Let me make one thing perfectly clear. The majority of people in any given work setting are good people. They're helpful, sympathetic, collaborative and want to do the right thing. Only a tiny minority are mean, nasty and abrasive.

You know the saying "nice guys finish last"? That's not really true; even though the business climate is often viewed as a cutthroat, dog-eat-dog world. You don't need to be involved with high level jerks to get top-level results.

Sadly, people with volatile and narcissistic personalities are often tolerated (or even celebrated) in many organizations because "they may not be likeable but they do get the results."

I beg to differ.

Jerks at work create undo upset, and productive time is lost in closed-door meetings complaining and finding ways to get away from the loud-mouthed, devious creeps.

He was ready to hire an executive with all the right skills, the perfect CV, and the best interview answers. Yet, there was that itch Hal could not scratch. Something was off and he needed to find out why he was still resistant to hiring this perfect candidate.

His solution was genius. He invited the applicant to a company softball game, and there the jerk's true colors showed through. He was competitive to the point of being manic. While it looked like he was a true team player, he cursed at the referee, yelled at the opposing team and cheered too loudly for the home team, to the point of embarrassment.

He didn't get the job.

No softball game to use as an interview? Not to worry. Here are 5 tips to keep in your back pocket before you hire only to regret at a later time.

  • Trust your Gut: If you feel that queasy sense in your belly pay attention. And if more than one on the hiring team feels the same way, ask more questions. In his book The No Asshole Rule, Bob Sutton of Stanford University suggests that if skills are strong but behavior is divisive, get them out of there as fast as possible. Anyone who shows signs of disrespect or dissed previous employers will do the same in your business, even if it is just with a smirk instead of a smile.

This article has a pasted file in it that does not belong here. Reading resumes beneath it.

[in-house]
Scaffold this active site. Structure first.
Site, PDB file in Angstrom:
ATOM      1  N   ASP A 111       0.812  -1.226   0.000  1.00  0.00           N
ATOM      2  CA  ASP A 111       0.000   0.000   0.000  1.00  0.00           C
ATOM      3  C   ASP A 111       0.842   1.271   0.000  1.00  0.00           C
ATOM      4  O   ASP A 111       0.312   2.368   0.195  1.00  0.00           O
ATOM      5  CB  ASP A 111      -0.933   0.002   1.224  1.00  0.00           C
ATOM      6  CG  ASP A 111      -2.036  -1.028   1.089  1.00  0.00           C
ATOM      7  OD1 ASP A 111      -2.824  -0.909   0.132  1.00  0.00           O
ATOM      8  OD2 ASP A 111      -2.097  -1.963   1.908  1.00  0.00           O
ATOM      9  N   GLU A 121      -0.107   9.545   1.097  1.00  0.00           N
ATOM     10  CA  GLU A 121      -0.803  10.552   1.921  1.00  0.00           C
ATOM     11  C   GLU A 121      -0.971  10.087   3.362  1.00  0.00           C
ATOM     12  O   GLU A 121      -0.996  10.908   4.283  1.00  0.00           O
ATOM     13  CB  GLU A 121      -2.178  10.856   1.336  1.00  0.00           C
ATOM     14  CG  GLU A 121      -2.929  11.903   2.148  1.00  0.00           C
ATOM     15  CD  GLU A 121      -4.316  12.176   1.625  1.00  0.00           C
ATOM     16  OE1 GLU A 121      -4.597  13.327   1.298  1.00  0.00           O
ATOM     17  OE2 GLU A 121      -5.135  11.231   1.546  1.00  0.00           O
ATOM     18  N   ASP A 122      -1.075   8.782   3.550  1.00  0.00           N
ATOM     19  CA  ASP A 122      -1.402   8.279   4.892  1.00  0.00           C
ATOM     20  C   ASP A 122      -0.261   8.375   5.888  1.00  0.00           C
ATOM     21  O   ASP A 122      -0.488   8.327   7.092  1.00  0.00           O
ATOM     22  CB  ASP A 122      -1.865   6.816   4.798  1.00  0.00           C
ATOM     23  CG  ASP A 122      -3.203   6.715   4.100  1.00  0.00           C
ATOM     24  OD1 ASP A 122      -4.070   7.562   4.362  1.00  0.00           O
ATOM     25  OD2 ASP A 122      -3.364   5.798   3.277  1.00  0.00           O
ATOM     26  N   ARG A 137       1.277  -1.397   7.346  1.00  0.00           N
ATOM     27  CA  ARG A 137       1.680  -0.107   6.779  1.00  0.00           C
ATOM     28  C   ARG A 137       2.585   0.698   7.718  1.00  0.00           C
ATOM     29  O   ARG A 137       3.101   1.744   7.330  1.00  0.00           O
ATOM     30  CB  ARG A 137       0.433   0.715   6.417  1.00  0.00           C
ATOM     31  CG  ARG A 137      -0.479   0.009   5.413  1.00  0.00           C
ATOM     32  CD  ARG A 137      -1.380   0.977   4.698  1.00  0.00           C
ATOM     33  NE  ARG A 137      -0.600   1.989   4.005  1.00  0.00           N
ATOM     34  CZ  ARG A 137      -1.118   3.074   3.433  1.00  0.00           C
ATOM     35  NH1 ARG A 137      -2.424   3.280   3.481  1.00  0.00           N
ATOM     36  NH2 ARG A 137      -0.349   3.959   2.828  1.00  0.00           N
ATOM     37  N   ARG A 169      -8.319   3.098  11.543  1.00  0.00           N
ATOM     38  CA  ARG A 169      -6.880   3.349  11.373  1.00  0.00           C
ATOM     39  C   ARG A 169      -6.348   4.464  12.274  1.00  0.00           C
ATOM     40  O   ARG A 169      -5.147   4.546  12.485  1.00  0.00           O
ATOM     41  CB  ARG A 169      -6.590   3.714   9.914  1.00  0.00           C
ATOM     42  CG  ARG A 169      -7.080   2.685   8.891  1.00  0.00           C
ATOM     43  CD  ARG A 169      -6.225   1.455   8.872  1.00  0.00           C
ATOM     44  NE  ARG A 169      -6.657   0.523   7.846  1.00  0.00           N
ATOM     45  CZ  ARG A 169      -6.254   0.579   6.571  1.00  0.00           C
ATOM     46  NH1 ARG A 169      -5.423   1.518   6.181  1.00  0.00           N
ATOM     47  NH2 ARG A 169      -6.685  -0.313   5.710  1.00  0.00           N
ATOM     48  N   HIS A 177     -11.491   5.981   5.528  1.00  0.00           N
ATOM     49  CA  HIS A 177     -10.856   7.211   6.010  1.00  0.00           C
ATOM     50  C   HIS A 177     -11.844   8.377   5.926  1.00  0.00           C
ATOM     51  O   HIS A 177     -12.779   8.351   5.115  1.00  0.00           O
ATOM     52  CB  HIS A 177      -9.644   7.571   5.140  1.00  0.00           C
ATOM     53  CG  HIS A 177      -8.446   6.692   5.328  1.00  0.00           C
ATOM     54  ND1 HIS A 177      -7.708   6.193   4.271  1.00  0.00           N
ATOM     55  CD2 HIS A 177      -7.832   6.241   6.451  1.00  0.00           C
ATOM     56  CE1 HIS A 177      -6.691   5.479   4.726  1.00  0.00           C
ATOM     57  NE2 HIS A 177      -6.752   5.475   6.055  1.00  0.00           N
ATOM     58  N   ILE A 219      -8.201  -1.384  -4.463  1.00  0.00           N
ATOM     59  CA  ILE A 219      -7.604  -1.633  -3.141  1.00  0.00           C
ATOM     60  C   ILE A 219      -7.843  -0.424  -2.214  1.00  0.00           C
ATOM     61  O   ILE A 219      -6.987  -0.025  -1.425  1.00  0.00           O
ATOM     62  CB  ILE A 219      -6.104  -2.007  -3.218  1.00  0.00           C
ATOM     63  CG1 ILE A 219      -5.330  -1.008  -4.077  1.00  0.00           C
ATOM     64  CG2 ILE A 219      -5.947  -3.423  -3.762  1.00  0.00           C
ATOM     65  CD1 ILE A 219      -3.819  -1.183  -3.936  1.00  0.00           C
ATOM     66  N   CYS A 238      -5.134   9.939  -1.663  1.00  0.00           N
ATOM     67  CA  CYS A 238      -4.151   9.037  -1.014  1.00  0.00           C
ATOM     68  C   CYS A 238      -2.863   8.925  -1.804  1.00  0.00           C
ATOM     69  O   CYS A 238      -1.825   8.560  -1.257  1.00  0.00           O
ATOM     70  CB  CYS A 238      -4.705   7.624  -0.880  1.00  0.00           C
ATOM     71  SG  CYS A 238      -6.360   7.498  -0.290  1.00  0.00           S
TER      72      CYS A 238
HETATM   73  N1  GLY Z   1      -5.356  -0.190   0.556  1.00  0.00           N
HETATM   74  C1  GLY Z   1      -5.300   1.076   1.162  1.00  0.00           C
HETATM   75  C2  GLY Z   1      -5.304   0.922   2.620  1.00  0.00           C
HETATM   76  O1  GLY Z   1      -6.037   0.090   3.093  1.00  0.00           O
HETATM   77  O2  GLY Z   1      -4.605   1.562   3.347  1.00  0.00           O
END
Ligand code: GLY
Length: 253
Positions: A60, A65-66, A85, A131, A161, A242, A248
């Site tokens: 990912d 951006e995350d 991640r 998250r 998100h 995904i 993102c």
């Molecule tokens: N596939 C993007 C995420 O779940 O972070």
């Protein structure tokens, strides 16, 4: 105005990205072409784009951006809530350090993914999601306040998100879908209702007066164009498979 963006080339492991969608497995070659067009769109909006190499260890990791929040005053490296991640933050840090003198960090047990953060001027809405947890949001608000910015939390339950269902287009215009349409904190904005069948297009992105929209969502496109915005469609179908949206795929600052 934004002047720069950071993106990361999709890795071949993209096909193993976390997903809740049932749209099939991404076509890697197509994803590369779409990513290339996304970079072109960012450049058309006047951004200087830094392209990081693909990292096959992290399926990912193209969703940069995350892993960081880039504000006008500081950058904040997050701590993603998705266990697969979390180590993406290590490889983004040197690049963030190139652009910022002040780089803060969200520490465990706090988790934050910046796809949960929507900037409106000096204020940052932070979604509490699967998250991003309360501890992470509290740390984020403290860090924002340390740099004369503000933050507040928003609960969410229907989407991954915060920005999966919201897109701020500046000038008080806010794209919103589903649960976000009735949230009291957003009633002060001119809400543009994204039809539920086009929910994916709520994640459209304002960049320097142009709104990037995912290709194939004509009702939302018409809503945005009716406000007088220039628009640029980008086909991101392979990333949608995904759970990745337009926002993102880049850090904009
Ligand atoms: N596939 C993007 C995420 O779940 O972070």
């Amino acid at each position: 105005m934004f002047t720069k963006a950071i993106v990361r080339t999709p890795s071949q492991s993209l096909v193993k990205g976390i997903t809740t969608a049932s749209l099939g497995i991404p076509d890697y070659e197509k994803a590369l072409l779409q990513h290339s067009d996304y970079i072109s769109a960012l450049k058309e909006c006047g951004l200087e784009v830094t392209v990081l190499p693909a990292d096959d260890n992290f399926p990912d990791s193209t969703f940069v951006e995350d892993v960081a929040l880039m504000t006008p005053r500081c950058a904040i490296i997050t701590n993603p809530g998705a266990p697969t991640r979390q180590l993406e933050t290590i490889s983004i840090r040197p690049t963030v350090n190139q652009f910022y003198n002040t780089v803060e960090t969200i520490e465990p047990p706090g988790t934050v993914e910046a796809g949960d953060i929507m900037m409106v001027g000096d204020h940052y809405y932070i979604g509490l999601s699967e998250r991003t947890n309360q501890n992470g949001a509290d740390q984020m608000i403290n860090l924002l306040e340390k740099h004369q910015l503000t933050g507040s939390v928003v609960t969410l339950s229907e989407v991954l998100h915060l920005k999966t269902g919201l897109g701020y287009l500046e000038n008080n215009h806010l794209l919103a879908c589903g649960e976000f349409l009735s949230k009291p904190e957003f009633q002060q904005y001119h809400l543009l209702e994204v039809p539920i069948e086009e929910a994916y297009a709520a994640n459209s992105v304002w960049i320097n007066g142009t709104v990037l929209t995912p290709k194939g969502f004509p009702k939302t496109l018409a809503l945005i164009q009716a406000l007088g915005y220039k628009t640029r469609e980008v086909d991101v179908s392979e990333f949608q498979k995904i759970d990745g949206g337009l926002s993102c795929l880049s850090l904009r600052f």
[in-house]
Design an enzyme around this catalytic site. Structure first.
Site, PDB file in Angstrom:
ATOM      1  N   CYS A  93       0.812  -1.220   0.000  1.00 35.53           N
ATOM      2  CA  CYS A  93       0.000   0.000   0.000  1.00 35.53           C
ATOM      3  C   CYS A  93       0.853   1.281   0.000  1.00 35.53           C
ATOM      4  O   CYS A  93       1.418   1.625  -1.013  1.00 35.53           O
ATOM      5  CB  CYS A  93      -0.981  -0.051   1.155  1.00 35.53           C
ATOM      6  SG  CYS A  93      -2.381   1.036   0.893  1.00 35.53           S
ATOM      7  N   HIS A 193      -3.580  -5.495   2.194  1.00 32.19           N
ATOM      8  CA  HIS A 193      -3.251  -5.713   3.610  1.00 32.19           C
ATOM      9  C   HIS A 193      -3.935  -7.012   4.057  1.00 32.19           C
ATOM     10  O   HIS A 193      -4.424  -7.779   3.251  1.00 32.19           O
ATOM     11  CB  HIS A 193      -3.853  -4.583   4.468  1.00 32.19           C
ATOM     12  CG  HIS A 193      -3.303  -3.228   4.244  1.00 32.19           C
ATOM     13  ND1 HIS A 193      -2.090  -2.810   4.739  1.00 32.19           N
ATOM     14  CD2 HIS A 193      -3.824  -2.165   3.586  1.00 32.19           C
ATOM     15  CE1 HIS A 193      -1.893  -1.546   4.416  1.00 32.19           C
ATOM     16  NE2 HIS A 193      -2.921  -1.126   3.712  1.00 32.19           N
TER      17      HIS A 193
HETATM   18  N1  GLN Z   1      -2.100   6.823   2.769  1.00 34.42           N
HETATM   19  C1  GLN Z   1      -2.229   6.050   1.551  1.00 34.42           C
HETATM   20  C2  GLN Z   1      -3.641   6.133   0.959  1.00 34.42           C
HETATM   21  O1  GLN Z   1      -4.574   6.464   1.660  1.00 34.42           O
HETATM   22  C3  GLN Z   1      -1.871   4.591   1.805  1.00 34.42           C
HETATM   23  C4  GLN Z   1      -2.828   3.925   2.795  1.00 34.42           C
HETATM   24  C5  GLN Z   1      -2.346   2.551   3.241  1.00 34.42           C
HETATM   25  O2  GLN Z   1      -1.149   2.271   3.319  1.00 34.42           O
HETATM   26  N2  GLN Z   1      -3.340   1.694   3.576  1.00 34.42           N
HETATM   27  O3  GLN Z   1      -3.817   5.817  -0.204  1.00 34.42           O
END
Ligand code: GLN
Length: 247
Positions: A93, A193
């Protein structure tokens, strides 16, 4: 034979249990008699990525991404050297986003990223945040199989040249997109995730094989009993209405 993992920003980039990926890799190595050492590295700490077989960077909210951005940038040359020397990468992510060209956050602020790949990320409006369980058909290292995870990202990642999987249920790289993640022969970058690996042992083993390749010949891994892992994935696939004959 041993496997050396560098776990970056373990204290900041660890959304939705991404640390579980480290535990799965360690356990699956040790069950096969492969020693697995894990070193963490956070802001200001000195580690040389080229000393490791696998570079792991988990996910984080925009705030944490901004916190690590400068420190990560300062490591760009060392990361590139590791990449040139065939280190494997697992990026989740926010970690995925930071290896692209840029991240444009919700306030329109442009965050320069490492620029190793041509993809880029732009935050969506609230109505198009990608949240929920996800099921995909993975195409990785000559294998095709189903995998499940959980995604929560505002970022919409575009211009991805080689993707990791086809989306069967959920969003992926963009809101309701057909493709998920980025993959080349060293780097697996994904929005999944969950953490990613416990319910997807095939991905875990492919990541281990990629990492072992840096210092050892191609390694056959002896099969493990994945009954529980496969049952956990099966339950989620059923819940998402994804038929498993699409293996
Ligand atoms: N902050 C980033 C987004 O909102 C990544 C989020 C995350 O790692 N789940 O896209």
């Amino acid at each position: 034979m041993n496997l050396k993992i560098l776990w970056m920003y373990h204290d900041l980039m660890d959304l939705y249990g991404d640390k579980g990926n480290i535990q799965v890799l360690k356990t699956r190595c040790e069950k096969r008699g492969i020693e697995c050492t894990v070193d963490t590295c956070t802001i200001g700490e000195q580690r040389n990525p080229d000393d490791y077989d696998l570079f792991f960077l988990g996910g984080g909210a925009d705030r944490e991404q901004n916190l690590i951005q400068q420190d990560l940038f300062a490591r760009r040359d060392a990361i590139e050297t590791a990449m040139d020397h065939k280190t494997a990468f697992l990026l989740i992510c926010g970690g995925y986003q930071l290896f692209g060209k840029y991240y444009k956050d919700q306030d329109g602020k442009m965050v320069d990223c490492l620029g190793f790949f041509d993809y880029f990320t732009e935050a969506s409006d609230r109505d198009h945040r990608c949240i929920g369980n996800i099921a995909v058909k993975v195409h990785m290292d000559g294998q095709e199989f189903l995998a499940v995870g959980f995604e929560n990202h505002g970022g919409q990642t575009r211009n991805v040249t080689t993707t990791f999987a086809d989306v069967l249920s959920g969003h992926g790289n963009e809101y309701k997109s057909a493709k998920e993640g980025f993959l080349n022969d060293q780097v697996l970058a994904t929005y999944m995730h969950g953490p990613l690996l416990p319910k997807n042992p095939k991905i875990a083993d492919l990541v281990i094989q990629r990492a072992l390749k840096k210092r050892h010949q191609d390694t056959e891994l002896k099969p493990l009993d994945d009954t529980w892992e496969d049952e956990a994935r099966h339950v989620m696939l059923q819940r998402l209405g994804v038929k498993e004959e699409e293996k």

• Watch reactions to strangers: Go to lunch and pay deep attention to how the wait-server is treated, or in a cafeteria, how the candidate maneuvers through a line at check out.
  • Ask about family: There is an in-between place that is healthy. Anyone who makes their family seem like they can do no wrong and are the best and the brightest are often hiding the "dirty laundry". If it seems too good to be true, it usually is!
  • Note how big the promises are: The Chinese have a saying "The bigger the front, the bigger the back". Basically that means that when there is uber-energy in huge promises, there is the same amount of energy to fall flat with disappointments. Those who have all the answers to take your company to the stratosphere can also be the very ones who make it crumble with defeat.
  • Failure is not an option: Ask about past successes and failures and make sure to note how the failures are described. If it is fate, the weather, bad economy, or some other jerk's mistake, know what you would have to deal with. Accountability is often a missing quality in the jerks' personality.

Look, just because someone annoys you at work you can't automatically assume that person is a bona-fide jerk. They may be pushing your buttons and that is your responsibility to consider. Think of it this way, if you respond by being a jerk to a jerk it still means you are a jerk.

However, the more you pay attention in the hiring process or at the beginning of any relationship, the more you can move away from the ugliness of cleaning up the stuck plumbing that comes with the legal issues of liberating a jerk from your work setting.